A Hollowed Out Dream

Dream, by Djack D Donovan, is a game played for ‘one minute a day’, in that it kicks you from its flat plain and cosmic horror sightseeing after around a minute of walking outwards from its central spot. That spot is a seating area laid out before you to embrace the array of planet surfaces and star fields it wants to show you, one galactic phenomenon a day, and for the first few days you are joined by a blue spirit who will ask you about why exactly you are there. Why you keep coming back. What you feel.

Soon they will be prompting you to do simple seeming tasks, like eating an apple today, or doing something with someone else, (which obviously are more difficult propositions these days than when they were written as ‘get out there’ style prompts). It’s an experience unlike anything else I’ve felt with a game, to go back, day after day, to see if a person is there who isn’t really a person, isn’t my friend, but just to see them, and read their words and instructions.

Eventually they’re gone from the dream though, and the sky becomes less dramatic. Whether this is the point or the result of an experimental game going on past the developer’s point of belief that people will engage with it, I’m unsure, but I know that it’s been a poignant experience so far, going back day to day, to a spot where no-one is. The grieving process is, not even starting yet, for a world that has been racked with death, and in countries like the UK where we let hundreds of thousands of people die for our convenience there is a kind of hazy fatigue covering everything right now.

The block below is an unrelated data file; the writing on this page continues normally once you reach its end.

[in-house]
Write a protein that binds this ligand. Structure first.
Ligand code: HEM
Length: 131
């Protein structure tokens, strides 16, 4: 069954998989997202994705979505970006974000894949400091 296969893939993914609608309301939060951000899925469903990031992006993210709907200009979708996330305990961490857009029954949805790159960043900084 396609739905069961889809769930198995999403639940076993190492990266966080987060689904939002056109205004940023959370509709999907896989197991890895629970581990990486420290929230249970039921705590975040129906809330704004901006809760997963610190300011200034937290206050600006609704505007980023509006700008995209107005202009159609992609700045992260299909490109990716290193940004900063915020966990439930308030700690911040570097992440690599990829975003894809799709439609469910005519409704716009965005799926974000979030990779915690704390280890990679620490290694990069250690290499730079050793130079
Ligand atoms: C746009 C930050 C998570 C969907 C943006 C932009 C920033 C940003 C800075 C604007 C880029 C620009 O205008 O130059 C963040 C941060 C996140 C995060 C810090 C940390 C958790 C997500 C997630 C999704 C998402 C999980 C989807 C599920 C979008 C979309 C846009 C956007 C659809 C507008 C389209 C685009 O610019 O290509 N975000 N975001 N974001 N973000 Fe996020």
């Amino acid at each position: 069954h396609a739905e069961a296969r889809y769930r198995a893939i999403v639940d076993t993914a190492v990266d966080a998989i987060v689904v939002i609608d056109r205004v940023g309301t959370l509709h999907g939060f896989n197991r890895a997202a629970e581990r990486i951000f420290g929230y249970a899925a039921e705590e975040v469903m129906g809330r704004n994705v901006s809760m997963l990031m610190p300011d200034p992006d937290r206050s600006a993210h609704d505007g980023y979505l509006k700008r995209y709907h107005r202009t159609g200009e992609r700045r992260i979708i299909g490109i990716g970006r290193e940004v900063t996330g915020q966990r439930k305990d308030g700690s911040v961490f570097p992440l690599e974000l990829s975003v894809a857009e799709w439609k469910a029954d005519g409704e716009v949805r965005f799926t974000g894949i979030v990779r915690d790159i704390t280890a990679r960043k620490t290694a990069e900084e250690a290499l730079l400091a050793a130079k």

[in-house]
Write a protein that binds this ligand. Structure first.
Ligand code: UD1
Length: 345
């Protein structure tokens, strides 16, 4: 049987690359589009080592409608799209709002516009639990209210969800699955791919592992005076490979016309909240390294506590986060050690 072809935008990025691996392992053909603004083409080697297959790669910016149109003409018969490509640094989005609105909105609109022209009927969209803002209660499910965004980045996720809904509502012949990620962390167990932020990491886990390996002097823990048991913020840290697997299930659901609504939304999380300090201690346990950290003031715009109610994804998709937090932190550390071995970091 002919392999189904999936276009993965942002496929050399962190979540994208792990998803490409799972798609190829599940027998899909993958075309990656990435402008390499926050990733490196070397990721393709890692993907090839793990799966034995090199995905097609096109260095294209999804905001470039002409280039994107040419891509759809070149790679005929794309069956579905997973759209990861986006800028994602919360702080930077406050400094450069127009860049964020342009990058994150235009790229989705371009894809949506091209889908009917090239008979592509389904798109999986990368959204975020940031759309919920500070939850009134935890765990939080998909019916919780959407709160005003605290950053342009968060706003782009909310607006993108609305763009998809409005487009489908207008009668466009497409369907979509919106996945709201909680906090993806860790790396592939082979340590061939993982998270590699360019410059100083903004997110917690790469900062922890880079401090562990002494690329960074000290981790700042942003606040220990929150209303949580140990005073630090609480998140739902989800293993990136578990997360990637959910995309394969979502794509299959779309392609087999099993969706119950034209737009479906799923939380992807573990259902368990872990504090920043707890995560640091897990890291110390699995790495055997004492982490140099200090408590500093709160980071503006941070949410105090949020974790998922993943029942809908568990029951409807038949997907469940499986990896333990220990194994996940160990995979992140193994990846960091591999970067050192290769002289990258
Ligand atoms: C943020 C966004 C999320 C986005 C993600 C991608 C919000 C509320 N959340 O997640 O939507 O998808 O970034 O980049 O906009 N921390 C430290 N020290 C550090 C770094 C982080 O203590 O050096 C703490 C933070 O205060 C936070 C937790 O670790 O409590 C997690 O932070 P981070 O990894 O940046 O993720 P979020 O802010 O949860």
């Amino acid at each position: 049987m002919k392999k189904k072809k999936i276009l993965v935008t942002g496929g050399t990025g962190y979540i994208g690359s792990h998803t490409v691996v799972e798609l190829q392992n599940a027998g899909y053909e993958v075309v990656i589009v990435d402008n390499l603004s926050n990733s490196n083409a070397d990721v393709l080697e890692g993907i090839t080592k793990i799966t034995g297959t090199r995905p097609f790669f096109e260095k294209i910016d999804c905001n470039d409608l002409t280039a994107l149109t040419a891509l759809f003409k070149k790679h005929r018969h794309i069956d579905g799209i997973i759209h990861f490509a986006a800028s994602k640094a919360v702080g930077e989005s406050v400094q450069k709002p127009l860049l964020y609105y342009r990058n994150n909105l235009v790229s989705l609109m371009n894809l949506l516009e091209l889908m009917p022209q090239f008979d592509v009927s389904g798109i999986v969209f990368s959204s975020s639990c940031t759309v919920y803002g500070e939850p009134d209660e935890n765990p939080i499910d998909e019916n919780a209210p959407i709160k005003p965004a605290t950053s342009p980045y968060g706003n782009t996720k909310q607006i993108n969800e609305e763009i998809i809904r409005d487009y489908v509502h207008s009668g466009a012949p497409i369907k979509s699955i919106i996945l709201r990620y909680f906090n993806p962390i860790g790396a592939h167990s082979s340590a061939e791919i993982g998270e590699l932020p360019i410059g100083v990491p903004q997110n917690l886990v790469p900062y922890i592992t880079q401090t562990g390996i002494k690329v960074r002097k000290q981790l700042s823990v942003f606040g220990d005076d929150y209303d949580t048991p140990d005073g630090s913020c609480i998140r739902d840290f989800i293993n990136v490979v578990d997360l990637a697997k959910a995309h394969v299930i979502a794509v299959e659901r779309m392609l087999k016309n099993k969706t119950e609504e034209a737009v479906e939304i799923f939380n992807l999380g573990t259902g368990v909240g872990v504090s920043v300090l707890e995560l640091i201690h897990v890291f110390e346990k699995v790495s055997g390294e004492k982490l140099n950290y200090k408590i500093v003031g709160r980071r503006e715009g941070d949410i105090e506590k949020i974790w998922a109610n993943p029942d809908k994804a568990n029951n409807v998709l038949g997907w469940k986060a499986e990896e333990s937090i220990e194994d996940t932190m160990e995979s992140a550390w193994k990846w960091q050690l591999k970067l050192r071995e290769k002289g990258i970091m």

I don’t know if after several days of an empty seat the spirit returns, but I hope not, I don’t want to deny them death, or, for them to deny me them leaving. Of course I could just never go back, have that be our ending, a practice that is as healthy as carrying on, but I almost need to know, I need to know they’re dead. It doesn’t feel real until it’s confirmed by the person who saw it happen, the designer in this case, and I’m too scared to reach out and find that they didn’t die at all, that the spirit just wanted to be alone, that they eventually come back. It’s not the spirit anymore, it’s a whole, unfathomable amount of death, it’s my dead friends, and all the disabled people killed by the virus, and the rest of us who haven’t died yet stood here with all these souls to mourn and no way to do it. Nowhere to go.

Let me have, this garden of grief, this dead place,

it lightens the load by the smallest amount, and that’s enough.

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